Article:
The final line of the one-man "Beowulf" — "Get out there and do, before you're done" — is tricky in our "stay home" era, but that advice will remain powerful when we arrive at whatever the new normal looks like.

More than a millennium old, the epic poem "Beowulf" feels strikingly immediate in Walking Shadow Theatre Company's "virtual performance," particularly since the lone performer, John Heimbuch, is literally speaking directly to us.

In the first of what could be a wave of theater productions that temporarily connect with theatergoers via the internet, "Beowulf" is being performed on Facebook, with Heimbuch acting directly to a camera on a computer in his Minneapolis home. (You can pause the performance, I inadvertently discovered, and it remains available for a couple hours after showtime. You do not need to be a Facebooker to watch.)

The roughly one-hour piece, the Saturday performance of which was watched by about 60 people, was written by the late Charlie Bethel (and performed last year at the Minnesota Fringe Festival by Heimbuch).

Bits of language suggest that this "Beowulf," based on the oldest piece of literature we have, is still set in the Dark Ages, but it's not just the fact that you're watching it on your monitor at home that makes it feel modern. Heimbuch is dressed in jeans and an Oxford shirt, with a midcentury modern, burnt-orange leather chair behind him.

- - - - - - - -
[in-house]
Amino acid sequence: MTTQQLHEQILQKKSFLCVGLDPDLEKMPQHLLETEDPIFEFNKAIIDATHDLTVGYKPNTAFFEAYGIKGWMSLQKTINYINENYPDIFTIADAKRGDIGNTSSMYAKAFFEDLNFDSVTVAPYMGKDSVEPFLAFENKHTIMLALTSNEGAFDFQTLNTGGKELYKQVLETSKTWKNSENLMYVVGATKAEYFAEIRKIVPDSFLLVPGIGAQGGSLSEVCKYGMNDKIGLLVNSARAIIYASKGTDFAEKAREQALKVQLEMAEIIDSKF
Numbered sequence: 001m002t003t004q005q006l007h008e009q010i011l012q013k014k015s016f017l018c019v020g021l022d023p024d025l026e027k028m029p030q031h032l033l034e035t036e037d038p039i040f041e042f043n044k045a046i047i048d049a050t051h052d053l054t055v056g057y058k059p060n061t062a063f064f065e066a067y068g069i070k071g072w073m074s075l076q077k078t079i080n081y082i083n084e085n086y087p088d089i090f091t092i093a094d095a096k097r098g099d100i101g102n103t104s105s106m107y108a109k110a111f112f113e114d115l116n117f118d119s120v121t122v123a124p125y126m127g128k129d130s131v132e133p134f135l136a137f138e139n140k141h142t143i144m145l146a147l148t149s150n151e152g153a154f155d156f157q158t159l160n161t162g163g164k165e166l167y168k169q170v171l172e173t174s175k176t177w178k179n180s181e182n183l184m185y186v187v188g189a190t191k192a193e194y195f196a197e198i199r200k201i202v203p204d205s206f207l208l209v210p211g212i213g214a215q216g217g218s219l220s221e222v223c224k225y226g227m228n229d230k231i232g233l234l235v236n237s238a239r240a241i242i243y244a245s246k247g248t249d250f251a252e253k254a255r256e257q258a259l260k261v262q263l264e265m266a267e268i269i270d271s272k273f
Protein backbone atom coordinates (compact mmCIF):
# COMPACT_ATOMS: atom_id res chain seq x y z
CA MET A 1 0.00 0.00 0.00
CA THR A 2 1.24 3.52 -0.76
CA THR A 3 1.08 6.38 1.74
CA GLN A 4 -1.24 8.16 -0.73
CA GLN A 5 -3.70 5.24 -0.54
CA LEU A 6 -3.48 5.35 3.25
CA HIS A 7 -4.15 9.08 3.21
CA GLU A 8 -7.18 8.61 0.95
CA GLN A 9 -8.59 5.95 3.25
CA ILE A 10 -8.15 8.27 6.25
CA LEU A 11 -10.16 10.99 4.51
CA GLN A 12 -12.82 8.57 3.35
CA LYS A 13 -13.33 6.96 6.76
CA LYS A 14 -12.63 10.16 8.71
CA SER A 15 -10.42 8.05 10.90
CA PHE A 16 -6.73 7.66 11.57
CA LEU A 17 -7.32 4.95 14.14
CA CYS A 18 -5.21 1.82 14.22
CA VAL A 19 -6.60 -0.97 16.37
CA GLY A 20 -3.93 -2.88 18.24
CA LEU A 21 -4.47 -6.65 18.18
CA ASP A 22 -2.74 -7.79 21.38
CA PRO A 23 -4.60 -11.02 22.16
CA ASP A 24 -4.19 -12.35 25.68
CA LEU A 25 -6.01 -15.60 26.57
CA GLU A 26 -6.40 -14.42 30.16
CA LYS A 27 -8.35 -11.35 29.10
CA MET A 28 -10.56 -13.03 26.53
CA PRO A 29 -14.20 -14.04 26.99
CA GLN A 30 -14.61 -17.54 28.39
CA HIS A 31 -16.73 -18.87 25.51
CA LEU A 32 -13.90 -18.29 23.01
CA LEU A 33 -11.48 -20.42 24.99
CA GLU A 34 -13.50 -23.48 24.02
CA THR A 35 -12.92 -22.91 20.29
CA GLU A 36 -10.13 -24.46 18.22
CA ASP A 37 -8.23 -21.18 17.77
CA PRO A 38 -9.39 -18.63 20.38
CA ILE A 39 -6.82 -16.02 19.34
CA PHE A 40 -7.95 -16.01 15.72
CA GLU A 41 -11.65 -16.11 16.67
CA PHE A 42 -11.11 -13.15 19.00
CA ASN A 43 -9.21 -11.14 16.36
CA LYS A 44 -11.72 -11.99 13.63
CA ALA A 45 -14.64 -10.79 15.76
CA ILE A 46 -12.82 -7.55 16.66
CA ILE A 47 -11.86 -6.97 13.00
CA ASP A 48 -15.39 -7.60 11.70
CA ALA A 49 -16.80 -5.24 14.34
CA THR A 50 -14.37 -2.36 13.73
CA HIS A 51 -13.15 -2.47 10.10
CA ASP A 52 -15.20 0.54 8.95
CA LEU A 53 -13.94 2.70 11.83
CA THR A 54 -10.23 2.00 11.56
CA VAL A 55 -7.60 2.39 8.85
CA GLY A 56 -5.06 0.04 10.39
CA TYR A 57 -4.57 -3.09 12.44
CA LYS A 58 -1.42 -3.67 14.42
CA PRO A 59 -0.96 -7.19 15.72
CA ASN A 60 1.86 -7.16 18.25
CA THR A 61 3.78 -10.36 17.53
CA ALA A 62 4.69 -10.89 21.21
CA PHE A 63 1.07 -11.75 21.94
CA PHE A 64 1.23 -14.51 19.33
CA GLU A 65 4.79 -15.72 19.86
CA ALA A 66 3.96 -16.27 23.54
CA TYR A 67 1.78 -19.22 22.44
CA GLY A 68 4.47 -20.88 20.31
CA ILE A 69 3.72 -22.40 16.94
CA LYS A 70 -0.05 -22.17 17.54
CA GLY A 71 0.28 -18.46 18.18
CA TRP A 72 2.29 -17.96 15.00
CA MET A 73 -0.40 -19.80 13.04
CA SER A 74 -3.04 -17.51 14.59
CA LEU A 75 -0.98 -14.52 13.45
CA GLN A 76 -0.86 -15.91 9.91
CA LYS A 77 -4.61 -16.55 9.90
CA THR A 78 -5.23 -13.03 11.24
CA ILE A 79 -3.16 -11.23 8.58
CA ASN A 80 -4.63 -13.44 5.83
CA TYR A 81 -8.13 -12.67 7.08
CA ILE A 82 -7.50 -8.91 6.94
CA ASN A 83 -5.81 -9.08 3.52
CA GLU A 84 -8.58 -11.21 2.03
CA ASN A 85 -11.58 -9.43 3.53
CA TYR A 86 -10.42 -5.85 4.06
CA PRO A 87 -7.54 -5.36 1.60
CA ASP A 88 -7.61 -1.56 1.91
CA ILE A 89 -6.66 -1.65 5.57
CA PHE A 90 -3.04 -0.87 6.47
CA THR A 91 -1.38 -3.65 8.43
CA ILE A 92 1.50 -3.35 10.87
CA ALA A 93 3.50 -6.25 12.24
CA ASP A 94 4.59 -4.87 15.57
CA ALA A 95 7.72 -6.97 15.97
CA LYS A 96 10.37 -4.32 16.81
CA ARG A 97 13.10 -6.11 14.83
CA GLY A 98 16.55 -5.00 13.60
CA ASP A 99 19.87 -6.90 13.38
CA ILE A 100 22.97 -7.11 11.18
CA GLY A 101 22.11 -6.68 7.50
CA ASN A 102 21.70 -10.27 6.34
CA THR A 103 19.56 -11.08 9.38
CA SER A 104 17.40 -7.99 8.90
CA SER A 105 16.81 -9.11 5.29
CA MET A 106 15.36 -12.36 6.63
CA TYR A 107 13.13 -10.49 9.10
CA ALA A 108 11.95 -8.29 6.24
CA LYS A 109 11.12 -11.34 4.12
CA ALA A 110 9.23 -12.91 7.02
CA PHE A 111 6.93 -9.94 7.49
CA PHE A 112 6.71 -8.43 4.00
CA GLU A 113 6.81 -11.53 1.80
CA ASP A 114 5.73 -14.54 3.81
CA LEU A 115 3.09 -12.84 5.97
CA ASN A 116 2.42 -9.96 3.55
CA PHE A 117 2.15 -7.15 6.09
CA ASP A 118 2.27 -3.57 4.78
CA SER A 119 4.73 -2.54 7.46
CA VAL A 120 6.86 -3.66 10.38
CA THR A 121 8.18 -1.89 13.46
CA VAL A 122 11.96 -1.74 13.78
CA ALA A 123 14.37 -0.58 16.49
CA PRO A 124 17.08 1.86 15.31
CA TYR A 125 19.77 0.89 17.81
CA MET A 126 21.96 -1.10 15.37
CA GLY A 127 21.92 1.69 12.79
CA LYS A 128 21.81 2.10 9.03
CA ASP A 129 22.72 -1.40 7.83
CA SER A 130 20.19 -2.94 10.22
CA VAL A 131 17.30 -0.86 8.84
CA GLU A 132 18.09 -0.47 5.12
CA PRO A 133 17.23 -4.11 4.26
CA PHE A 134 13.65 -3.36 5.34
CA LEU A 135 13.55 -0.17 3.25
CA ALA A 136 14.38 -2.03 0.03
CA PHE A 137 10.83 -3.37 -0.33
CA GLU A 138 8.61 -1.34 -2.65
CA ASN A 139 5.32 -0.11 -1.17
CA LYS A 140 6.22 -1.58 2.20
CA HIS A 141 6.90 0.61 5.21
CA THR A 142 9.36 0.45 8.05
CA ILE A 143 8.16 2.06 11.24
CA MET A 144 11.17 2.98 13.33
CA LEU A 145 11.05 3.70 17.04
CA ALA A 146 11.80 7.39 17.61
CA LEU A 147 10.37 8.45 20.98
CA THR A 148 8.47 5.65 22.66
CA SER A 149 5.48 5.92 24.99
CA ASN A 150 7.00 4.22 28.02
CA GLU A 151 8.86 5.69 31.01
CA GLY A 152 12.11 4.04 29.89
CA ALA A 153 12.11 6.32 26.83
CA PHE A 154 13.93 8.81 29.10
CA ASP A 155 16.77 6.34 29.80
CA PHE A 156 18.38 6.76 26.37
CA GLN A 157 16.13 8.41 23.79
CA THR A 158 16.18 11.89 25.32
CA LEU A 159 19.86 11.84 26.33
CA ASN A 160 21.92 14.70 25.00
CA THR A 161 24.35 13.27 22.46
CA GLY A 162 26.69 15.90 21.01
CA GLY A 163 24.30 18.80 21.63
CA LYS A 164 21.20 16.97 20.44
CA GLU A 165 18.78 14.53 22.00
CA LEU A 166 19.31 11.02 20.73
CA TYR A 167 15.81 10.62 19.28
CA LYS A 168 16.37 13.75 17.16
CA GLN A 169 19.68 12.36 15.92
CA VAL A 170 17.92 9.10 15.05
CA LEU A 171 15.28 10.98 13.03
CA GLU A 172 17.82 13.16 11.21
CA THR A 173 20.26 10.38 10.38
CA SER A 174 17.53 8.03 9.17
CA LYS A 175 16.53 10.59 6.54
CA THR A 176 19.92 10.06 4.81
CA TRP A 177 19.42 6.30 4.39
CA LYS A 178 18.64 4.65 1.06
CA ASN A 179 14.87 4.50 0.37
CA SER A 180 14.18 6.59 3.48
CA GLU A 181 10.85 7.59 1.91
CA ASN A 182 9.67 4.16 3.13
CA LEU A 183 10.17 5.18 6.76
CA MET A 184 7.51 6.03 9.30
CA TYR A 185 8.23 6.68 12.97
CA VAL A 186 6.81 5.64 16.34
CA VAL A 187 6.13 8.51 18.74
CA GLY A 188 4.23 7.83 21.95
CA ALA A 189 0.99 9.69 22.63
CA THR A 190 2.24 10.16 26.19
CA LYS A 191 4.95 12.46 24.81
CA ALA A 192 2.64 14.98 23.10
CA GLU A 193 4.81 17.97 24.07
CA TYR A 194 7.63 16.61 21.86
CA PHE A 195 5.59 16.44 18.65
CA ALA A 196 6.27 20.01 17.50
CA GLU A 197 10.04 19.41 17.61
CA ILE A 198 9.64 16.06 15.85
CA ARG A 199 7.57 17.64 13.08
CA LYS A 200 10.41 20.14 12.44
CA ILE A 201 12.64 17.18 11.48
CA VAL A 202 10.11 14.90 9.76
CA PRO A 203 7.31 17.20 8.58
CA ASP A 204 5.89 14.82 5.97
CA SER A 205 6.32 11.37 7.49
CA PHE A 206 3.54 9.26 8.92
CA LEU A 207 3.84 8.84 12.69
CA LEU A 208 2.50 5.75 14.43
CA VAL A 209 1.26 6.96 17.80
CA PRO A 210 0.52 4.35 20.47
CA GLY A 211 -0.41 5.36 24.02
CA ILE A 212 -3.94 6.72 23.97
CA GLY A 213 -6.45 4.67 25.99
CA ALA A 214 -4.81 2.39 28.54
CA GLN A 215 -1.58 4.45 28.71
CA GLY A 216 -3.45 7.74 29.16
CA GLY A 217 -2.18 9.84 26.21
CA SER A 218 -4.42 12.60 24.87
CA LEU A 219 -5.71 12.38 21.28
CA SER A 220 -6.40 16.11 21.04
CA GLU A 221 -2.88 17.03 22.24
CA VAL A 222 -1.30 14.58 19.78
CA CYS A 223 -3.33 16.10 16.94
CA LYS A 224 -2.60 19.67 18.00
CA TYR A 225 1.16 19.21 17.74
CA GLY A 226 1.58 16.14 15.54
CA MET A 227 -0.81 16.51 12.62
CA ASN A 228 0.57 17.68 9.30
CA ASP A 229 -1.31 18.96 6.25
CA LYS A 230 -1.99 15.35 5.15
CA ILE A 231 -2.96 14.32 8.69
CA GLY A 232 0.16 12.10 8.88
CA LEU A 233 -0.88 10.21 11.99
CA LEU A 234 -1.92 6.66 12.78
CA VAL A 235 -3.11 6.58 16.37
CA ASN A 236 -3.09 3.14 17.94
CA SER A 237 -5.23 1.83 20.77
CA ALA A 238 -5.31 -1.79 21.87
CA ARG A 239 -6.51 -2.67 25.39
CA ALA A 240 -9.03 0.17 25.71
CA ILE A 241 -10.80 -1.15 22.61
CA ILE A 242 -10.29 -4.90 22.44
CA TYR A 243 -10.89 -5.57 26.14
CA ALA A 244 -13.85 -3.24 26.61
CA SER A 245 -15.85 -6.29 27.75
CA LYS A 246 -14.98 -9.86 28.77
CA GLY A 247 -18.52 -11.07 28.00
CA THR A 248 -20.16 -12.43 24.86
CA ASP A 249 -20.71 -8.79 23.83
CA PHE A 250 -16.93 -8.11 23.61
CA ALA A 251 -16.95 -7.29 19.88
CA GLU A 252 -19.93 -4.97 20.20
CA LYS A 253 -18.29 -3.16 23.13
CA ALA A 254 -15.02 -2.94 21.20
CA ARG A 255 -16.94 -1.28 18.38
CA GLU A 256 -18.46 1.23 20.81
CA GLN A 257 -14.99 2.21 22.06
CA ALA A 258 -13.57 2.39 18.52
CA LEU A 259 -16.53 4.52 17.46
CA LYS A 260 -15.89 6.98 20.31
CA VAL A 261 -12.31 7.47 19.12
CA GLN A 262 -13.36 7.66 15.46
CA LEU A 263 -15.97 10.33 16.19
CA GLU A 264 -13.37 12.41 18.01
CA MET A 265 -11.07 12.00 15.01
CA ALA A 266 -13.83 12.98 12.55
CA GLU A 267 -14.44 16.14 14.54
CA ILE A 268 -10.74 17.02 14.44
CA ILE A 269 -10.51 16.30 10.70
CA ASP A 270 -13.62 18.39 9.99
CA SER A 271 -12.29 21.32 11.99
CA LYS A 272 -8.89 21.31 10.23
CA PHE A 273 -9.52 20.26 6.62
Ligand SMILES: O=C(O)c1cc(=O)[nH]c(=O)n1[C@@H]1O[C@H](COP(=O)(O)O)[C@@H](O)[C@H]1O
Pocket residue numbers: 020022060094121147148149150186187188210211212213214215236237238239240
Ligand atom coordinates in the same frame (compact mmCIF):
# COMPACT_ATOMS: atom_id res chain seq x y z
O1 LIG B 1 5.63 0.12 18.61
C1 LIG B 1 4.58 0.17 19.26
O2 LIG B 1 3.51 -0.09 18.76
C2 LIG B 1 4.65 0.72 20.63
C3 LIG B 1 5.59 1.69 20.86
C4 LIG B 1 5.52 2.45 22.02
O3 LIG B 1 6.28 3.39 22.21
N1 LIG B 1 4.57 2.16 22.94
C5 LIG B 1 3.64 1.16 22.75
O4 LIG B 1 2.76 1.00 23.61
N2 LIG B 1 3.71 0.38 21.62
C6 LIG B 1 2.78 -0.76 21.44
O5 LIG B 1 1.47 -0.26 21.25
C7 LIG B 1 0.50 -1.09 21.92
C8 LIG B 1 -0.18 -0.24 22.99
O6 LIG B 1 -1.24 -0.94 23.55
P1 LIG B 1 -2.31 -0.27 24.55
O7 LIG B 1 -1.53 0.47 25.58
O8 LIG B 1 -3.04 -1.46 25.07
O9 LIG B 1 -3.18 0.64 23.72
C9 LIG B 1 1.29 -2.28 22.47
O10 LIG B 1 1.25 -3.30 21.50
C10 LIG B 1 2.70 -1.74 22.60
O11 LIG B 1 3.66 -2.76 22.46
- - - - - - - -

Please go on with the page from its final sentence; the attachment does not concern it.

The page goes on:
In addition, Bethel's ironic, slyly amusing observations make this story of battling kings and giants feel as current as, well, sheltering in place.

The style will be familiar to anyone who has done or seen "Dramatic Interpretation" in high school speech club. Heimbuch is sometimes a grand storyteller, relating events to us. But he often slips into one of several characters, including heroic Beowulf and, at one point, a head that is "stained with gore."

Heimbuch and director Amy Rummenie, who are married, use the space smartly, taking advantage of the actor's ability to come toward us into close-up (something that is not available to a theater actor). Heimbuch's characterizations are clear and, in the case of Beowulf's buddy, Wiglaf, moving.

No one's going to claim that this "Beowulf" is a substitute for live theater. Immediacy is lost because we're not breathing the same air as Heimbuch (a good thing, these days). And while a one-person show is obviously a smart move right now, there's no substituting for the honesty and beauty of performers interacting with each other to shed light on humanity.

Still, this "Beowulf" speaks to our present moment in the way great theater can, particularly when a king warns of "a curse we made ourselves."

Our worlds may have gotten temporarily smaller, and we may feel, like Beowulf, as if we're battling a giant that we cannot see. But this ancient story and this innovative way of presenting theater are hopeful reminders that tomorrow will come and, even if it's not as soon as we wish, the fortunate among us will be able to get out there and do again,